Psoriasis is an irritating and unsightly—but noncontagious—skin condition, the causes of which are unknown. Although it responds to treatment, it can recur. In weeping psoriasis, pus-filled blisters develop.
Psoriasis is a medical condition characterized by dry, flaking patches of skin. Is is often seen around the joints of the body or on the scalp, but any body area may exhibit symptoms, and in severe cases large areas of skin can be affected.
In weeping (or pustular) psoriasis, sores filled with clear or yellow pus develop. When broken—by scratching, for example—they "weep." The pus is sterile, however, and cannot cause infection.
The mechanism that produces the dry, flaky skin is overproduction of skin cells. The specific cause of this overproduction remains unknown, although some believe the body's immune system is involved. The reason for weeping in some cases of psoriasis is also unknown.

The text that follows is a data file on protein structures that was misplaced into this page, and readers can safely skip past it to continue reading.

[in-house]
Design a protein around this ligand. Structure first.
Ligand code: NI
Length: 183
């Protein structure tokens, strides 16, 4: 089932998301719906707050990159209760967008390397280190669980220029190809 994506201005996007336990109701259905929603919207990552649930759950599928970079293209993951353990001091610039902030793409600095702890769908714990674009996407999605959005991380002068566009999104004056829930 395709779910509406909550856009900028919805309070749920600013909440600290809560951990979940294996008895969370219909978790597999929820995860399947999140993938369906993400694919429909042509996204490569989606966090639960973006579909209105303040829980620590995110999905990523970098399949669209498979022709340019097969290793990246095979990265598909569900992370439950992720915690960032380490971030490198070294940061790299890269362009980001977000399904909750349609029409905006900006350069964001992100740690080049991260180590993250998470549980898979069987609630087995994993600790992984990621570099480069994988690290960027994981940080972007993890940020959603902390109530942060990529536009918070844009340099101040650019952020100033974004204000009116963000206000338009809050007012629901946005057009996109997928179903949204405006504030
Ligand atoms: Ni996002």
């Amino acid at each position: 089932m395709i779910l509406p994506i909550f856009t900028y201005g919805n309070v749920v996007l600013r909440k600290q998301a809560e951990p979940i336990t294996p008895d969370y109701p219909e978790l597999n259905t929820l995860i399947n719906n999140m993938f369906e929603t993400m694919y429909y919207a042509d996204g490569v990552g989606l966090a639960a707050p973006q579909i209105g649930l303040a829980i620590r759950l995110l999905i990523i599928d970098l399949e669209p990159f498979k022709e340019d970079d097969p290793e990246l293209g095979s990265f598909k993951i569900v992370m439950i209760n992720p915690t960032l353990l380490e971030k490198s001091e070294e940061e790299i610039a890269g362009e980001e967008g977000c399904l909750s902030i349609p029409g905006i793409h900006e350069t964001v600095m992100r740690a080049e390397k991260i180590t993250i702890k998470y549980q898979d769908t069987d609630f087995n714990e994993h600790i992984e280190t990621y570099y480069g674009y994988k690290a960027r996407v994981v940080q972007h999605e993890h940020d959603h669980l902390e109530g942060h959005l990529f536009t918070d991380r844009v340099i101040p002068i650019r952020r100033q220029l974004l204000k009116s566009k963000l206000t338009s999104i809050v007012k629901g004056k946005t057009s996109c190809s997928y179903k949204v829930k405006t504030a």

In a few cases, generalized pustular psoriasis—in which weeping sores are seen against a background of very hot, red skin, with fever symptoms—can be a medical emergency. Otherwise, in addition to being unsightly, weeping psoriasis causes itching and soreness.
Treatment depends on the severity of the condition and in mild cases may not even be necessary. Doctors can prescribe steroidal creams and lotions. Steroids may also be injected in the affected area of skin. More extensive outbreaks can respond to ultra-violet light treatment.